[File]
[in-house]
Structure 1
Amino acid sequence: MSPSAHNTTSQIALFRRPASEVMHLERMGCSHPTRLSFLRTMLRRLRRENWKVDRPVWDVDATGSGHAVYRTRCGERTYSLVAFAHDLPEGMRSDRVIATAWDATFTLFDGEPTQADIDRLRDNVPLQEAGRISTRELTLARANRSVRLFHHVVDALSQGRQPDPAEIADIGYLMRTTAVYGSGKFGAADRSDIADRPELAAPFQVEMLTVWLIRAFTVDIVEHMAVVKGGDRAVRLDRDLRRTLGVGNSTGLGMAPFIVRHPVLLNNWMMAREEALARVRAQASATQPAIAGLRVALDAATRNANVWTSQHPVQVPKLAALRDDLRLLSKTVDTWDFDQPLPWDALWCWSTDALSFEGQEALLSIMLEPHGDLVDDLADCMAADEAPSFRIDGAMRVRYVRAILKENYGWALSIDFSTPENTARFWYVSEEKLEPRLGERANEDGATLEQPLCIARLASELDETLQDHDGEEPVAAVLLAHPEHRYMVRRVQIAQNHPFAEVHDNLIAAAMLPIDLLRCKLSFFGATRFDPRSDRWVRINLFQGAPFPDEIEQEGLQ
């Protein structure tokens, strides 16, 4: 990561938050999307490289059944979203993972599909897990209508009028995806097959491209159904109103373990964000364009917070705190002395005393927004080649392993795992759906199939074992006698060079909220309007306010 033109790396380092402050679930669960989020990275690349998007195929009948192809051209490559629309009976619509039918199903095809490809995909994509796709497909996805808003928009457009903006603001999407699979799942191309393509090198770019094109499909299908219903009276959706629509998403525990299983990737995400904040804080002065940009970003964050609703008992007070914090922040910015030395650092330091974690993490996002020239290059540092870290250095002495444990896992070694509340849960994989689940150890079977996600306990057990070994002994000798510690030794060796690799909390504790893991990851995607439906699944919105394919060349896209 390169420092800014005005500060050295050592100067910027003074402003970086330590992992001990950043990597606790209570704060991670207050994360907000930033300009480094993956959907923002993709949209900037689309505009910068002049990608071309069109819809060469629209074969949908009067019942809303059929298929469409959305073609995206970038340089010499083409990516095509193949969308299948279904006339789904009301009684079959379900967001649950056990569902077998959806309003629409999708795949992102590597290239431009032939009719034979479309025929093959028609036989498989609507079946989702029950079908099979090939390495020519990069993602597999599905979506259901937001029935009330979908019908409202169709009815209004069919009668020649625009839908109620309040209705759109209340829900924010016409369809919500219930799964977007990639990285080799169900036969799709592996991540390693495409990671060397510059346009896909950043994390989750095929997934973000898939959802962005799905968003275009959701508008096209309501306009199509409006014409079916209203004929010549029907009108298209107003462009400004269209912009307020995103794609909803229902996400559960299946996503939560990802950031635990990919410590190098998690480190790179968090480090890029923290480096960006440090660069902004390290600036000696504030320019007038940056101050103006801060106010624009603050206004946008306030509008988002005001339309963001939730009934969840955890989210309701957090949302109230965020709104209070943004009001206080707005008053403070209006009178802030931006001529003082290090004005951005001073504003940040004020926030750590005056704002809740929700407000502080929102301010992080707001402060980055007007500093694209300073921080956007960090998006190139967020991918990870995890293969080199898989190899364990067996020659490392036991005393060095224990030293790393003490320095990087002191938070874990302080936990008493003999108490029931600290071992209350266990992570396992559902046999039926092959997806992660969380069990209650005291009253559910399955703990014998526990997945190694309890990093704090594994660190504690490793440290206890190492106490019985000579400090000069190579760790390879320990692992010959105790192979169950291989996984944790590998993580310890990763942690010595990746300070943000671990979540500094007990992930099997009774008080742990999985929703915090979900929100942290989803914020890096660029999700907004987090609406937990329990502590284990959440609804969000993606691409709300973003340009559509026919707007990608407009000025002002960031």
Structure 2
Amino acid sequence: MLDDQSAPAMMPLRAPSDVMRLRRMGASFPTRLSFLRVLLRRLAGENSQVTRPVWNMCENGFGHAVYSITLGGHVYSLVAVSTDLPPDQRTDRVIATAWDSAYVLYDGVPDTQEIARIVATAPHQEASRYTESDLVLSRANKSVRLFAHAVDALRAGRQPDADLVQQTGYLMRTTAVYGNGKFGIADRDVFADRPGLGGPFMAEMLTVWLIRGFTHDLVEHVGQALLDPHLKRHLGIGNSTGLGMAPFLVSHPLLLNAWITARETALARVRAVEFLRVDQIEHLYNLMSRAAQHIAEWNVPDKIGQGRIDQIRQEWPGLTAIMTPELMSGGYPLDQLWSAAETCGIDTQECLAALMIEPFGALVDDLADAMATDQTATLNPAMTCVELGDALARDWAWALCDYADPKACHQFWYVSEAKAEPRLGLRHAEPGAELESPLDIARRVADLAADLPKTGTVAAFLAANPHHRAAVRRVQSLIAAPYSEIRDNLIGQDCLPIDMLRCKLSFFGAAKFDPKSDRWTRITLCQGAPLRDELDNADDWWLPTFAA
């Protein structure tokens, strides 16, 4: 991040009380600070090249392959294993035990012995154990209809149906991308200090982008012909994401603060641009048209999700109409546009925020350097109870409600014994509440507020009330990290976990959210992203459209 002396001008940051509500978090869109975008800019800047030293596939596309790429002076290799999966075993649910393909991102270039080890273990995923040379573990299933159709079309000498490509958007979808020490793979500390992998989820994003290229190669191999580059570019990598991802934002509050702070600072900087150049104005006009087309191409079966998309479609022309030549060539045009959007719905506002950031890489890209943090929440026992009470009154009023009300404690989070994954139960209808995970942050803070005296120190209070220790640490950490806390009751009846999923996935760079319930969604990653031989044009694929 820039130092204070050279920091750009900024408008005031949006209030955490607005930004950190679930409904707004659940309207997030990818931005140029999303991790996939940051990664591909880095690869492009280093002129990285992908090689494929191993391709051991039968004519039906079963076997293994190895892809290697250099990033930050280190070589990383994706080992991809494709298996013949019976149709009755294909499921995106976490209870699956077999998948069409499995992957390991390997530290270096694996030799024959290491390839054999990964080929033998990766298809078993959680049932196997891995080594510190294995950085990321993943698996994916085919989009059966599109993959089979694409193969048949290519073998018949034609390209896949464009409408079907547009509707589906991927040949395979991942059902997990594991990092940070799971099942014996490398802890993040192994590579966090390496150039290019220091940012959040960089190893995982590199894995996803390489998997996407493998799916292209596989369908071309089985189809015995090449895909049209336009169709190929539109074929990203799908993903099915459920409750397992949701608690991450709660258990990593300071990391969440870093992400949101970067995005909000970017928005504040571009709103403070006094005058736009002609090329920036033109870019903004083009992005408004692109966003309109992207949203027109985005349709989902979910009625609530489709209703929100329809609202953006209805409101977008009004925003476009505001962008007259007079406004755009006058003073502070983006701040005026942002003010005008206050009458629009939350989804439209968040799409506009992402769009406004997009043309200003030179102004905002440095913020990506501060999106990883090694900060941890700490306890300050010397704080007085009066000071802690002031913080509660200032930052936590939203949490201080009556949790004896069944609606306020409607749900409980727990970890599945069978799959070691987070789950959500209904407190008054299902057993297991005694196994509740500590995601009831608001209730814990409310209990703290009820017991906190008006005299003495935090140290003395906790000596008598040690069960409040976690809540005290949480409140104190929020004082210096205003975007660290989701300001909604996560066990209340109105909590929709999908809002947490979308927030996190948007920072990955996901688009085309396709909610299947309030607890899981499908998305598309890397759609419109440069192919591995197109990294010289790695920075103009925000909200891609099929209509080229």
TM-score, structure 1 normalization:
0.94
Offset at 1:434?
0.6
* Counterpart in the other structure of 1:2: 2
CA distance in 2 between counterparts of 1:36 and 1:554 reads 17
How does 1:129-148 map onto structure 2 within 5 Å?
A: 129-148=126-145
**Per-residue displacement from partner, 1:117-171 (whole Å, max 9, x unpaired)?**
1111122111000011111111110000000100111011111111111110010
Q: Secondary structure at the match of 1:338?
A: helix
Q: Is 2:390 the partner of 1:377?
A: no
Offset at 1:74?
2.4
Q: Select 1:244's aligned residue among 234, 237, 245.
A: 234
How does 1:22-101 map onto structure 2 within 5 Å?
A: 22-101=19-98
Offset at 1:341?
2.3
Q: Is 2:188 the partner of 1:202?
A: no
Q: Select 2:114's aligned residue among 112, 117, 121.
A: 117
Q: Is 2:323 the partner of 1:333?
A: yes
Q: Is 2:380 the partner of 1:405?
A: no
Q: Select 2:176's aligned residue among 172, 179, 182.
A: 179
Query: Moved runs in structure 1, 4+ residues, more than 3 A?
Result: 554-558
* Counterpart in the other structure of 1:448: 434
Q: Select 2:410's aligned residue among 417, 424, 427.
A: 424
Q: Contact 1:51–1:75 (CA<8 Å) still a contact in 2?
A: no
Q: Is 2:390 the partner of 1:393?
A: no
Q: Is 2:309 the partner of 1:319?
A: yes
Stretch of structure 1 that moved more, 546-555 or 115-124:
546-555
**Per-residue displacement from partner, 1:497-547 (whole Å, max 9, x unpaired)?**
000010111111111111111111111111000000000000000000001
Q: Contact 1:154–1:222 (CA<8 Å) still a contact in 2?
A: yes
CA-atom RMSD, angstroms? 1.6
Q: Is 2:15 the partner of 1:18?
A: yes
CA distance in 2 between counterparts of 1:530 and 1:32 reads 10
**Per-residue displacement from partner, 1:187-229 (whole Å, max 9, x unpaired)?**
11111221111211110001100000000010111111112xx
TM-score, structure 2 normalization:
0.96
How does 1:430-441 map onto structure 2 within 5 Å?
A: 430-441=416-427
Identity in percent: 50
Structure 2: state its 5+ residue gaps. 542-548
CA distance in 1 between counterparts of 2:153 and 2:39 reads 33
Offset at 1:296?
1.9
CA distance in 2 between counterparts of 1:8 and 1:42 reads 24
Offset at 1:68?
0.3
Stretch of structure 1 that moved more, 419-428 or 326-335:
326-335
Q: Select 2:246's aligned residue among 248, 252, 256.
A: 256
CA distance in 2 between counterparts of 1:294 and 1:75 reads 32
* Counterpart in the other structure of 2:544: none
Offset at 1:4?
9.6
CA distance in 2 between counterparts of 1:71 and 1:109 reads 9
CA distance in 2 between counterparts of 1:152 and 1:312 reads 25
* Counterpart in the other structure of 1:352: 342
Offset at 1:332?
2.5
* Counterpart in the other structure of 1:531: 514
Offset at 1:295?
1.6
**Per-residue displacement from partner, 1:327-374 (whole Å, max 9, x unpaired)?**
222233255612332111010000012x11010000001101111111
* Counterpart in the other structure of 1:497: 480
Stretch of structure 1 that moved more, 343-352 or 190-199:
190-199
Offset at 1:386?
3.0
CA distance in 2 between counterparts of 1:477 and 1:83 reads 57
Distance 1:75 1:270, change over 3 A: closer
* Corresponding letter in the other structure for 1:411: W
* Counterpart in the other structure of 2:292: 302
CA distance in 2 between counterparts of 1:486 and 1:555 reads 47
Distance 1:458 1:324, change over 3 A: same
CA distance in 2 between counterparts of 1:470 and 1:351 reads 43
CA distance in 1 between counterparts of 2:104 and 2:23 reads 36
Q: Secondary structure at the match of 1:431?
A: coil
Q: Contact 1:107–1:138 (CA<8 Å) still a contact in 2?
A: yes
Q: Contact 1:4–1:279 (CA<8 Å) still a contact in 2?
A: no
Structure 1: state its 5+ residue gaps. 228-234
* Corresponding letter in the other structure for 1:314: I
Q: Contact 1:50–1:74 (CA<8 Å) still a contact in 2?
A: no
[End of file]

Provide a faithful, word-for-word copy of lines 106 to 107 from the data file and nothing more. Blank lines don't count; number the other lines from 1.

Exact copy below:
Q: Secondary structure at the match of 1:431?
A: coil